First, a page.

1. Share prices of BGIL Films & Technologies Ltd (hereinafter, referred to as “BFTL/Company’) suddenly shot up after the company’s merger announcement. SEBI investigated and found that BFTL did not disclose the price sensitive information to the stock exchange, or its decision to cancel the proposed merger taken during BFTL’s board meeting held on 23 February 2010. The non- disclosure of such information was considered by the compliance officer of BFTL, who was responsible for all the regulatory compliances of BFTL, as  a violation of regulation 12(2) of SEBI (Prohibition of Insider Trading) Regulations, 1992 (hereinafter, referred to as “PIT Regulations, 1992”) read with clause 2.1, clause 3.2 and clause 7(ii) of the schedule of the code of corporate disclosure practices for prohibition of insider trading as specified in schedule II of these regulations (https://www.sebi.gov.in/acts/insideregu.pdf). SEBI issued a show cause notice on 2 February 2017 to the compliance officer.
     
    2. On being heard, the compliance officer stated that it had been almost seven years since she was in the employment of BFTL (period of employment in BTFL being from February 2009 to March 2010) and that she had resigned on 19 February 2010 and was serving the notice period while the said meeting dated 23 February 2010 was conducted and that she did not have any access to the records of that period.
     
    3. The chairman of the company had also issued her a letter dated 15 February 2018 stating and confirming that she was not involved in the said board meeting dated 23 February 2010 and that she was therefore, not responsible for the consequent compliances/non-compliances or disclosure/non-disclosure with respect to the board meeting held on 23 February 2010.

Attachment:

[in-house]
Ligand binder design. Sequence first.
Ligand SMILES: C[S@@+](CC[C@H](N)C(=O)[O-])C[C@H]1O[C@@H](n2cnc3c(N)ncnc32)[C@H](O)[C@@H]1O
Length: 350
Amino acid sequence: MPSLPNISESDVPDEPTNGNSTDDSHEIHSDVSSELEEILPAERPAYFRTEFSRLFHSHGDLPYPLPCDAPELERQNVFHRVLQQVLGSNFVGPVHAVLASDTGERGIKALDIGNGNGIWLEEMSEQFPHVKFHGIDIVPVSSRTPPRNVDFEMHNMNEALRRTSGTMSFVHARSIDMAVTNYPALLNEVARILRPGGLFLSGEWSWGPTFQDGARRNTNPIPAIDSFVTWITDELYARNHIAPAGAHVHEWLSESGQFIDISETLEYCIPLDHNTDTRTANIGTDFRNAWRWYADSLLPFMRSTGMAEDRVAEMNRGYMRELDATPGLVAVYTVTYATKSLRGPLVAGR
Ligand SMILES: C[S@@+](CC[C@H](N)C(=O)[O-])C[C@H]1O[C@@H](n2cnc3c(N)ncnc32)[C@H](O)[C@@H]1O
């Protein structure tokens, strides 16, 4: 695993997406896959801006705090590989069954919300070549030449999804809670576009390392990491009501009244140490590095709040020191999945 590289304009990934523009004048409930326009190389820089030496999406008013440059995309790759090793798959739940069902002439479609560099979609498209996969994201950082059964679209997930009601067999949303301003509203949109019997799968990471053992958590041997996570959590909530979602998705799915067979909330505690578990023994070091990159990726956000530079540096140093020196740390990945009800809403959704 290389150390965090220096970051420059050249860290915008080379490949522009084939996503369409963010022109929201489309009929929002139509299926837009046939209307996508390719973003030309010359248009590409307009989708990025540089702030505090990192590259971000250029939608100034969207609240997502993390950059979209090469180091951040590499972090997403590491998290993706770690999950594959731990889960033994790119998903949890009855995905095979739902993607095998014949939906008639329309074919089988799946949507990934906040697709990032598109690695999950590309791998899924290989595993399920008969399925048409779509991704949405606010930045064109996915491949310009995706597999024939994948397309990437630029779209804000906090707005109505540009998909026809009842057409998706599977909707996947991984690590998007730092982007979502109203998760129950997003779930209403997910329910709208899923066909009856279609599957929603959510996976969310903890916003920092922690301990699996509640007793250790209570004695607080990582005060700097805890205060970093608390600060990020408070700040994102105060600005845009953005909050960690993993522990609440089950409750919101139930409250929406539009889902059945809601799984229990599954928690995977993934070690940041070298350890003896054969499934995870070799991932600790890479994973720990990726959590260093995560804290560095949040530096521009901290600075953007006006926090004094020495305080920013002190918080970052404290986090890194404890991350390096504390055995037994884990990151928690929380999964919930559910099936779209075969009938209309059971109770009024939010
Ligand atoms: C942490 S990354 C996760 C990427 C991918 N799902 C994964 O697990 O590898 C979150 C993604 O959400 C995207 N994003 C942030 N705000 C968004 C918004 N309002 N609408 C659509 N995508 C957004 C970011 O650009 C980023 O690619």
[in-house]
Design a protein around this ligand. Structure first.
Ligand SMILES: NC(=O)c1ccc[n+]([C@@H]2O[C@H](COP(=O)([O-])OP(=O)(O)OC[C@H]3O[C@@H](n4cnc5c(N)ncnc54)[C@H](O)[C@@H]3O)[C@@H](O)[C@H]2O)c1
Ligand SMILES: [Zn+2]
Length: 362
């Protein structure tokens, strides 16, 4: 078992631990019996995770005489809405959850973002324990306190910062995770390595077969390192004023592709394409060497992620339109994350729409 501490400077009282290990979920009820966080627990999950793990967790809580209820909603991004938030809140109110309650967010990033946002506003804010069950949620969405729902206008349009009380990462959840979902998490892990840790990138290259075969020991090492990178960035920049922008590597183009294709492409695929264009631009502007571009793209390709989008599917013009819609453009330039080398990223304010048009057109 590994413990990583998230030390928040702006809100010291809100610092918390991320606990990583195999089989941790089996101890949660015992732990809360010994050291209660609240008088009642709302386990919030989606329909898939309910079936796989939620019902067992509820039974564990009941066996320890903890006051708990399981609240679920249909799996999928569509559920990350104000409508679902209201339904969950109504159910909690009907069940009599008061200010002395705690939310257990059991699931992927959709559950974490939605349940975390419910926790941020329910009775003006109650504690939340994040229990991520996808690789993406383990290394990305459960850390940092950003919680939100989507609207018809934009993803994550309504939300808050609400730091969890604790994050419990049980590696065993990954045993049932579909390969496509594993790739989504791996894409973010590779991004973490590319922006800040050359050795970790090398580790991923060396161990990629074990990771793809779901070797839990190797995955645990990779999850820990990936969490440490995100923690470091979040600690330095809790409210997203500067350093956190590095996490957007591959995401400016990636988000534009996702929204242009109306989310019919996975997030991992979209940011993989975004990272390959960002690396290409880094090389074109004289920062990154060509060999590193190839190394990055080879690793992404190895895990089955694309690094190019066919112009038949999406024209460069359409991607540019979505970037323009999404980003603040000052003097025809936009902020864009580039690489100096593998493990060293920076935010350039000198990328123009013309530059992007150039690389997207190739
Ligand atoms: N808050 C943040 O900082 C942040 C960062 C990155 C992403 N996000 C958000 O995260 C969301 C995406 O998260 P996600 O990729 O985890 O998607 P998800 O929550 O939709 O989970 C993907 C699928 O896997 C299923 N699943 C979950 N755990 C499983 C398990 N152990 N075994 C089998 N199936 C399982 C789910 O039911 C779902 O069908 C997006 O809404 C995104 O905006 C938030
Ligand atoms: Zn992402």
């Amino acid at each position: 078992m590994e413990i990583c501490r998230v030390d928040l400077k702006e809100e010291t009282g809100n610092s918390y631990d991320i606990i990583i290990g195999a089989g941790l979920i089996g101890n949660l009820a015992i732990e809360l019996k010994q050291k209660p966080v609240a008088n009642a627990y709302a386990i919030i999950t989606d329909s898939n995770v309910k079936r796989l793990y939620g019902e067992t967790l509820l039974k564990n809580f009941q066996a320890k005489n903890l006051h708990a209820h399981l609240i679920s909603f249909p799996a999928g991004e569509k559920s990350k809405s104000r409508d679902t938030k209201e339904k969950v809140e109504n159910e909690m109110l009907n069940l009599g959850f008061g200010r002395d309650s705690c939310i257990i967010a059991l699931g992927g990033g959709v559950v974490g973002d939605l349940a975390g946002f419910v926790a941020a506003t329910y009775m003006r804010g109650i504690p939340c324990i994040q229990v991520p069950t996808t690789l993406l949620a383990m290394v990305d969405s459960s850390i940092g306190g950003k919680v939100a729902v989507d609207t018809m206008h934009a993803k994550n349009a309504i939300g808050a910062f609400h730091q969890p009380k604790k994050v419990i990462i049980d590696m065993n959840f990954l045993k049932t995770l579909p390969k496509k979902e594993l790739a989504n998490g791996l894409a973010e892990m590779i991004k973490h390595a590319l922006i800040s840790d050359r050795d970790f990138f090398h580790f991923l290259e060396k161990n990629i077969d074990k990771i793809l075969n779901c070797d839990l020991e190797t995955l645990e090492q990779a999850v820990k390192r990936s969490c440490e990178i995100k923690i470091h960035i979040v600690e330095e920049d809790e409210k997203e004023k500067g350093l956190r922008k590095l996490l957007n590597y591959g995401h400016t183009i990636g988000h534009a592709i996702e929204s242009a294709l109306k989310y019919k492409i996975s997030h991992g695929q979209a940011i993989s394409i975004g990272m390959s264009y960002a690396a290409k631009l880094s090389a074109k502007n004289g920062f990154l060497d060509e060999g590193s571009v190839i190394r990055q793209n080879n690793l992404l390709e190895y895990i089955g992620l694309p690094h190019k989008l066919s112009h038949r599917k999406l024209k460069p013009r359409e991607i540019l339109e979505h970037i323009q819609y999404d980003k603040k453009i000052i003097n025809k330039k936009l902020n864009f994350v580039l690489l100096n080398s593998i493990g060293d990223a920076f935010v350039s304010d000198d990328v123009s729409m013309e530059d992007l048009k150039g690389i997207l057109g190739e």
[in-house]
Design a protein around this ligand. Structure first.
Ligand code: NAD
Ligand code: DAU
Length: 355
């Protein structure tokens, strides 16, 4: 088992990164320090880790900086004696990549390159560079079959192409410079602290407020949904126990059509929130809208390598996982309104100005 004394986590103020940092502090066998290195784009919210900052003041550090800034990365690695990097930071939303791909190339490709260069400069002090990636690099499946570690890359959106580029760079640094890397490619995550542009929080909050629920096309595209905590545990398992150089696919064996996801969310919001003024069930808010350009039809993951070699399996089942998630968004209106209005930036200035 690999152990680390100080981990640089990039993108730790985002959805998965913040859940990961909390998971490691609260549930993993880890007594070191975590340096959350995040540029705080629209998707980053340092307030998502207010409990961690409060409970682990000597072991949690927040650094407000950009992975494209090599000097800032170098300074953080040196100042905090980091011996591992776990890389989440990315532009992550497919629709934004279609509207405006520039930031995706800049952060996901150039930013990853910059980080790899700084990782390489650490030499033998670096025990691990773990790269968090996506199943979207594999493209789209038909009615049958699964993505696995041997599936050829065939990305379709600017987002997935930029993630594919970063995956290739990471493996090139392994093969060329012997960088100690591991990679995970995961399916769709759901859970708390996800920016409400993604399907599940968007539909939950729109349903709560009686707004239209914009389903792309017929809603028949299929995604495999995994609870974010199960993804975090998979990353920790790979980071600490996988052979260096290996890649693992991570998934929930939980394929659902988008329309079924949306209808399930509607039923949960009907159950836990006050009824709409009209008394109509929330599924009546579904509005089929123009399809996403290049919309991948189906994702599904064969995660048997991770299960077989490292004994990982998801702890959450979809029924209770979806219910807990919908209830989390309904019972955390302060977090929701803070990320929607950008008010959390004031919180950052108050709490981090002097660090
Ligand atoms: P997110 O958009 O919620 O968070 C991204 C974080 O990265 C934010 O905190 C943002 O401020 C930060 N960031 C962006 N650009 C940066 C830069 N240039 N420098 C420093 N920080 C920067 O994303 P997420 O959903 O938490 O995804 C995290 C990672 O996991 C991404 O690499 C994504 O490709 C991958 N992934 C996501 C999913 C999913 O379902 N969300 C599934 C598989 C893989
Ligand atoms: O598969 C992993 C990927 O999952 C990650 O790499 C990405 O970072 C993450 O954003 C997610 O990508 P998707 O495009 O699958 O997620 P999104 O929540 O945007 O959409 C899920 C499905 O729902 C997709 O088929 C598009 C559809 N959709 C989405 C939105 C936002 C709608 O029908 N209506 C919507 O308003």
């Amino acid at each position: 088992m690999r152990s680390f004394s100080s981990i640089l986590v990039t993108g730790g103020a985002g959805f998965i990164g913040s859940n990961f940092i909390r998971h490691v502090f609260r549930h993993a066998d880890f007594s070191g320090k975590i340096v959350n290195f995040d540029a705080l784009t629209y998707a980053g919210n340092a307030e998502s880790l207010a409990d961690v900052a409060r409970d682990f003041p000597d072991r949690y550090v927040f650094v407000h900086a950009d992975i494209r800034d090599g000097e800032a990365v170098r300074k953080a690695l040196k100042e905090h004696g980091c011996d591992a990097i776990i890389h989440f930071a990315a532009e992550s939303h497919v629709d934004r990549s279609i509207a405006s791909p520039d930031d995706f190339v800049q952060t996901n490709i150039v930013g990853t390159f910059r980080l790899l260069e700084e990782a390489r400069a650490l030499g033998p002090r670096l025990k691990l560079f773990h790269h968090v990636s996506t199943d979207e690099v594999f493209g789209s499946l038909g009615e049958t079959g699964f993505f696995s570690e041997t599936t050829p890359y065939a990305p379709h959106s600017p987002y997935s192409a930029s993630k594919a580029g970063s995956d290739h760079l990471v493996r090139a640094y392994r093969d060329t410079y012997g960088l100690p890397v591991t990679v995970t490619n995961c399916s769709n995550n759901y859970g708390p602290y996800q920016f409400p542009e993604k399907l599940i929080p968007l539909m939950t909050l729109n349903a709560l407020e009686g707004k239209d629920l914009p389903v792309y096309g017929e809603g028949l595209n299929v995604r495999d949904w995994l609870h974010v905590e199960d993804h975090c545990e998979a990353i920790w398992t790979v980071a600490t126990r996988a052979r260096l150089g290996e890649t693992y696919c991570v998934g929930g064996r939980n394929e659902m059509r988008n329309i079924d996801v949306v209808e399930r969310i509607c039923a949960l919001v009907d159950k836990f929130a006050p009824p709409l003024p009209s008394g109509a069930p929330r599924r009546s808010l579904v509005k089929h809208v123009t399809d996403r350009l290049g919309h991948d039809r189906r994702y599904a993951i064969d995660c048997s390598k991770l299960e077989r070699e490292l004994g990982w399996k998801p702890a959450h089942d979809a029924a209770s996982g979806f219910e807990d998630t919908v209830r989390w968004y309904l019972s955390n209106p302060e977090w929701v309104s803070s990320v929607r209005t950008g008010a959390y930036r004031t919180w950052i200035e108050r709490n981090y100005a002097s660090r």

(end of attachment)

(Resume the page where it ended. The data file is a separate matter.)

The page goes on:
SEBI Order Dated 26 October 2018
     
    On considering the facts of the matter, the adjudicating officer stated that although there was a benefit of doubt in favour of the compliance officer, she was responsible for the failure on her part and liable to pay a penalty of Rs50,000 for not complying with the disclosure requirements under the PIT Regulations, 1992.
     
    Order by SAT reversing the SEBI Order
     
    1. SAT on considering the facts, that despite the admitted position of the compliance officer and ample evidence on record to prove her not being involved in the said board meeting, held that the adjudicating officer, even after observing that a benefit of doubt should be given to the compliance officer, imposed a penalty in a case where she was clearly serving the notice period subsequent to her resignation. Accordingly, the question of imposition of penalty for non-compliance of the regulation does not arise in the case and therefore the impugned order could not be sustained.
     
    2. Also, in view of the fact that the appellant had to undergo the litigation process and face harassment for almost a year and a half, coupled with the substantial costs incurred on the lawsuit,  was entitled to a compensation of Rs50,000.
     
    Analysis of the Case
     
    The order passed by SEBI was similar to the order by the Financial Services Authority imposing fines on the company and its CFO respectively, in the matter of Universal Salvage plc and Martin Chrisopher Hynes for the breach of the market abuse regulations due to delay in announcing the price sensitive information to the market. 
     
    On having a conservative approach to the decision of SEBI, it may be understood that notice period of any employee is not excluded while considering a person’s tenure in any organization. The period during which a person holds a designation, automatically holds him liable for the duties and liabilities associated with the said designation while he is in the office. Also, the regulations are clear on defining the responsibility of the official for ensuring that the company complies with continuous disclosure requirements. However, in the present case, the benefit of doubt as upheld by SAT adequately comes to the rescue of the compliance officer, since the chairman of the company himself absolved the compliance officer of the responsibility for compliances, stating that the compliance officer was not given access to the related records after she tendering her resignation, which was in sufficiently in advance of the meeting.
     
    Need of the Hour
     
    Bearing the requirements of the PIT Regulations in mind, one cannot contend that any information which is expected to be price-sensitive should be announced promptly after it becomes known to a director or the senior management and/or is the subject of a decision by the directors or senior management of the company.